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Yes, the U.S. has swapped prisoners with Russia before

On Dec. 7, Brittney Griner was released as the latest example of a prisoner swap between the U.S. and Russia.

Story update Dec. 8, 2022: This story has been updated with the latest developments in the Russian case against WNBA player Brittney Griner. 

On Dec. 7, 2022, Russia freed WNBA star Brittney Griner as part of a prisoner exchange, with the U.S. agreeing to release Russian arms dealer Viktor Bout. The exchange took place in Abu-Dhabi, according to U.S. officials and the Russian Foreign Ministry. 

Griner was arrested in February, and in August was convicted of drug possession and smuggling. She was sentenced to nine years in prison and fined $1 million rubles, or about $16,700. She was serving her time at a Russian labor camp prior to her release.

In August, VERIFY reported the U.S. had made a deal that would exchange Bout, nicknamed “the merchant of death,” for Griner and another imprisoned American – Paul Whelan. Whelan was arrested in 2018 for spying and is currently serving a 16-year sentence in a Russian labor camp. Whelan was not freed as part of this prisoner exchange, but President Joe Biden said the U.S. “will keep negotiating in good faith for Paul’s release.”

As part of our earlier reporting, the VERIFY team explored the history of prisoner swaps between the U.S. and Russia.


Has the U.S. swapped prisoners with Russia before?



This is true.

Yes, the U.S. has swapped prisoners with Russia before. The practice dates back to the Cold War.

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“She’s safe, she’s on a plane, she’s on her way home,” President Joe Biden said from the White House, where he was accompanied by Griner’s wife, Cherelle.

The deal for Griner has been in the works for months. 

On July 27, Pentagon Press Secretary John Kirby first confirmed the U.S. was bartering for Griner. He told reporters: “I will say that the President and his team are willing to take extraordinary steps to bring our people home, as we’ve demonstrated with Trevor Reed, and that’s what we’re doing right here.  It’s actively happening now.”

In April 2022, U.S. Marine veteran Trevor Reed was brought back to the U.S. in exchange for a Russian drug trafficker. Reed was swapped in Turkey for Konstantin Yaroshenko, who had been serving a 20-year prison sentence in a cocaine-trafficking conspiracy case.

Prior to that, in 2010, the U.S. released 10 Russian spies and in return, the Russian government released three Russians who spied on behalf of the U.S. or the U.K., and one Russian accused of being a double agent working for both Russia and the U.S. According to the FBI, the Russian spies had assimilated into American society (some by using stolen identities). 

“They married, bought homes, raised children, and held jobs—all while working for Russia’s Foreign Intelligence Service,” the FBI said. The spy ring was the inspiration for the television show “The Americans.”

Credit: AP
This combo of ten undated booking photos provided by U.S. Marshals on Thursday July 29, 2010 shows from top left, Cynthia Murphy, whose real name is Lydia Guryev, Patricia Mills whose real name is Natalia Pereverzeva, Anna Chapman, Tracey Lee Ann Foley whose real name is Elena Vavilova, Vicky Pelaez, and bottom, from left, Richard Murphy, born Vladimir Guryev, Michael Zottoli whose real name is Mikhail Kutsik, Mikhail Semenko, Donald Howard Heathfield whose real name is Andrey Bezrukov and Juan Lazaro whose real name is Mikhail Vasenkov. The FBI arrested the ten on June 27 charging them with acting as unregistered foreign agents for Russia. All pleaded guilty to conspiring to act as an unregistered agent of a foreign country. (U.S. Marshals via AP)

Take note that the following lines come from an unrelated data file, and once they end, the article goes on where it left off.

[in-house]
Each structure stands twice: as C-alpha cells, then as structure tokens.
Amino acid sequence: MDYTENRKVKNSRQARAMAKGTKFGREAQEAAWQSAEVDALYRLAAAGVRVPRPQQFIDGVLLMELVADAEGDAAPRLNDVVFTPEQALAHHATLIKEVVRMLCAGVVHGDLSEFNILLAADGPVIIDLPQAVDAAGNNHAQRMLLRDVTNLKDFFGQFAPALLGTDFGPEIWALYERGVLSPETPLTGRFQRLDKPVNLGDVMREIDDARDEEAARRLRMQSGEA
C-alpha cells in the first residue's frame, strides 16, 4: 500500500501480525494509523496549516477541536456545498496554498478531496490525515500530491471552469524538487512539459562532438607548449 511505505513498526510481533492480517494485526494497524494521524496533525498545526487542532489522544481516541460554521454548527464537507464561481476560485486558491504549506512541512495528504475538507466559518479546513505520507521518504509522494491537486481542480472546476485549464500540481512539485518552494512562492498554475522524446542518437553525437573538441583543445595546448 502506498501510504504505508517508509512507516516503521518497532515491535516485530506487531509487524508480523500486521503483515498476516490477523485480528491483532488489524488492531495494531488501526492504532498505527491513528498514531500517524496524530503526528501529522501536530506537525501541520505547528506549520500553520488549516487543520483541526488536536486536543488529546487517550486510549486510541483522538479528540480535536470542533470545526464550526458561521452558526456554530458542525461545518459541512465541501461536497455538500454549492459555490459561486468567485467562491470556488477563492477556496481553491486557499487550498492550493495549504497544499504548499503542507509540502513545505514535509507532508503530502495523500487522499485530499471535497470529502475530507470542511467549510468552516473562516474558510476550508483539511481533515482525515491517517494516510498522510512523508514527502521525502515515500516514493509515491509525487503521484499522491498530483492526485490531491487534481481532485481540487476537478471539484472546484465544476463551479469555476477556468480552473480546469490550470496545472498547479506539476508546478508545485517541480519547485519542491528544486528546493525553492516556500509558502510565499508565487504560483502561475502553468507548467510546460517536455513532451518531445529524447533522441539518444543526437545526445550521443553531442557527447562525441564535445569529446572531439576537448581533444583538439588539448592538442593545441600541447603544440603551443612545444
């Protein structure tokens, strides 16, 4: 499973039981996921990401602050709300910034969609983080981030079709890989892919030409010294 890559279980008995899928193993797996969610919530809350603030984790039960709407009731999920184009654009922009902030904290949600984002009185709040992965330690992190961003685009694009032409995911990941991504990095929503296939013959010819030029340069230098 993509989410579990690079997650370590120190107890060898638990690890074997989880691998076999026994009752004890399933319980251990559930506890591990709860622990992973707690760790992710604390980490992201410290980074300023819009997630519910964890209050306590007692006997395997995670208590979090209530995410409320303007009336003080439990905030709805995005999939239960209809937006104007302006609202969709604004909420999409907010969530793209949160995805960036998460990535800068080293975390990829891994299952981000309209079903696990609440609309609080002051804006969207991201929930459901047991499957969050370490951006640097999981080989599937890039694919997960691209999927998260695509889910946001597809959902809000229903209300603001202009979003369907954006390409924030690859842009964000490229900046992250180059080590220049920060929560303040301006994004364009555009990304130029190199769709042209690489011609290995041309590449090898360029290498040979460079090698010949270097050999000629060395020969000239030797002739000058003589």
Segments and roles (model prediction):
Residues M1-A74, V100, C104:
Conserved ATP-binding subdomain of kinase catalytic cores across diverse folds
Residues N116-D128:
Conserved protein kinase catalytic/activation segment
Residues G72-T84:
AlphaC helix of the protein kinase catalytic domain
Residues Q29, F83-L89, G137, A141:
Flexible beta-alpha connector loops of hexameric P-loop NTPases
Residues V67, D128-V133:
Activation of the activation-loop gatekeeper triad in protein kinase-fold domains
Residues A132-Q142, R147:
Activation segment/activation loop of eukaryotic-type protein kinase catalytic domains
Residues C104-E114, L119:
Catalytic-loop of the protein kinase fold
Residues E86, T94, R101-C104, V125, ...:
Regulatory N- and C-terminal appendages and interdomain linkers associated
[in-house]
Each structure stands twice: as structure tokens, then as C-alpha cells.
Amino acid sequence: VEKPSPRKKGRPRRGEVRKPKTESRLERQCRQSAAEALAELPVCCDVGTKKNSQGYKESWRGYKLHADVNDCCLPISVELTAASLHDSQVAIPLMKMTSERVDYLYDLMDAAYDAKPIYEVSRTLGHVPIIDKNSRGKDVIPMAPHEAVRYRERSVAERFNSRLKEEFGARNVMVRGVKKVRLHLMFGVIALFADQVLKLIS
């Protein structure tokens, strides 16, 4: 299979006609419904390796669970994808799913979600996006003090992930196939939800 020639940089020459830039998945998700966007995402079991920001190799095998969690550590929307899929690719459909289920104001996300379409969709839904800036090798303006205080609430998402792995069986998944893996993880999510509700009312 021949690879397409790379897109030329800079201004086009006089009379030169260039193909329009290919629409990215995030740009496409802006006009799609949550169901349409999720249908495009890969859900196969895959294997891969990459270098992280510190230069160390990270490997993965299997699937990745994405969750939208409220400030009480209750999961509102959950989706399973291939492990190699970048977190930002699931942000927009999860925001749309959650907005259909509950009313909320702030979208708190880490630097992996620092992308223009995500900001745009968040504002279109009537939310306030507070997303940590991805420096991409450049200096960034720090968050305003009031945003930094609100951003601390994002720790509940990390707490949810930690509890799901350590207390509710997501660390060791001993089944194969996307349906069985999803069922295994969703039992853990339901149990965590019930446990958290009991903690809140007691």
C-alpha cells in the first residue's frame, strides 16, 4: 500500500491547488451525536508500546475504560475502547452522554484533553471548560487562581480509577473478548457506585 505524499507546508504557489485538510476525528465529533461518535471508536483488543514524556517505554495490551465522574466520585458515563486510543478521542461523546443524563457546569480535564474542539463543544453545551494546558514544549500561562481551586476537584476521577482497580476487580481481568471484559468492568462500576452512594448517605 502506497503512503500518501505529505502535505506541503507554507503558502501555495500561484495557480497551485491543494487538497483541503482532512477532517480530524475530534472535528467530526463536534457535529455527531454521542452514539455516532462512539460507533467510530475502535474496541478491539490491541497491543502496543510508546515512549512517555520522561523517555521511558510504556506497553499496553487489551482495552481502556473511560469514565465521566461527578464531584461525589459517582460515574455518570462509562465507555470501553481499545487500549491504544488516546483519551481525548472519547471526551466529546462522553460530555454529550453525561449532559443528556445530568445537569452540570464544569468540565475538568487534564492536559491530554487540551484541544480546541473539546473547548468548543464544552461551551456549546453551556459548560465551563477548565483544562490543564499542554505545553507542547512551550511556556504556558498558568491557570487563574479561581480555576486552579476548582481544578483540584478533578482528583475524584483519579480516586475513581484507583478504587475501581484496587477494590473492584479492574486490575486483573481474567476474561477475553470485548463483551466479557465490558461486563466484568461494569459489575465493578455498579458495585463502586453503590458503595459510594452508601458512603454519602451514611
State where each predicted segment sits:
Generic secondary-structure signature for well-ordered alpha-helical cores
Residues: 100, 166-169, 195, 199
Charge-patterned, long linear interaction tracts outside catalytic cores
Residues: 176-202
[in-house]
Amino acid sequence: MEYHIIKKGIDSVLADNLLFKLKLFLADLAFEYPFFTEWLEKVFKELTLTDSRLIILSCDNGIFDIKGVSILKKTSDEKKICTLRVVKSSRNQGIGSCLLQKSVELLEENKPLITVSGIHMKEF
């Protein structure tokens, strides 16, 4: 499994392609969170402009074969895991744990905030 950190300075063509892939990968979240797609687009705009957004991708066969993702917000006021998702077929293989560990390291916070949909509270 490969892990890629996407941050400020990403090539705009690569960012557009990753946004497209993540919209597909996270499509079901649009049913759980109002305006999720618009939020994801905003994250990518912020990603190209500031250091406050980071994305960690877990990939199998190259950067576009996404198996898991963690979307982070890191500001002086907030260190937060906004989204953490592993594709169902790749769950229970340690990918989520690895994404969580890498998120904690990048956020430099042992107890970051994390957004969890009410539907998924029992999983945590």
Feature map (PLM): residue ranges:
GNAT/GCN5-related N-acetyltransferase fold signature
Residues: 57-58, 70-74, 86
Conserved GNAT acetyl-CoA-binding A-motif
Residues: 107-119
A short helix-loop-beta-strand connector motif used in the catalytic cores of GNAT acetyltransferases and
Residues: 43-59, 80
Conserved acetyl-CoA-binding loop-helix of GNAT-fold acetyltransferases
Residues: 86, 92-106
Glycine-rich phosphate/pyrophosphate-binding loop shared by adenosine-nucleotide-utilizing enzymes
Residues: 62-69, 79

Twenty-five years earlier, in June 1985, the U.S. and the then-Soviet Union agreed to the largest-ever prisoner exchange of the time. The U.S. released three spies - one of which was famed Polish spy Marian Zacharski who stole military technology - in exchange for 23 people held by the Russians.

The first major prisoner exchange between Russia and the U.S. was in 1962, with the then-Soviet Union. The exchange took place on the Glienicke Bridge, which at the time linked East and West Germany.

The U.S. released KGB spy Rudolf Abel in return for Air Force pilot Capt. Francis Gary Powers. The KGB was the main security agency for the Soviet Union. After Powers' plane was shot down during a reconnaissance mission, he was captured, sentenced for spying, and held prisoner by the Soviets until his exchange on February 10, 1962. 

A biography on Powers from the National Air and Space Museum said: “Although Captain Powers was criticized at the time (some believing he should have died rather than allow himself to be captured), 1998 declassified documents show that he followed orders by maintaining a cooperative attitude, gave out no secret information, and refused to denounce the United States of America. As a result, Russian intelligence gained no vital information from him.”

American Frederic Pryor, a student at the time in East German custody, was also released as part of that exchange. 

So, we can VERIFY, there has been a long history of prisoner exchanges between Russia and the U.S.

The Associated Press contributed to this report.

More from VERIFY: Yes, the Trump administration in 2020 agreed to the release of 5,000 Taliban prisoners

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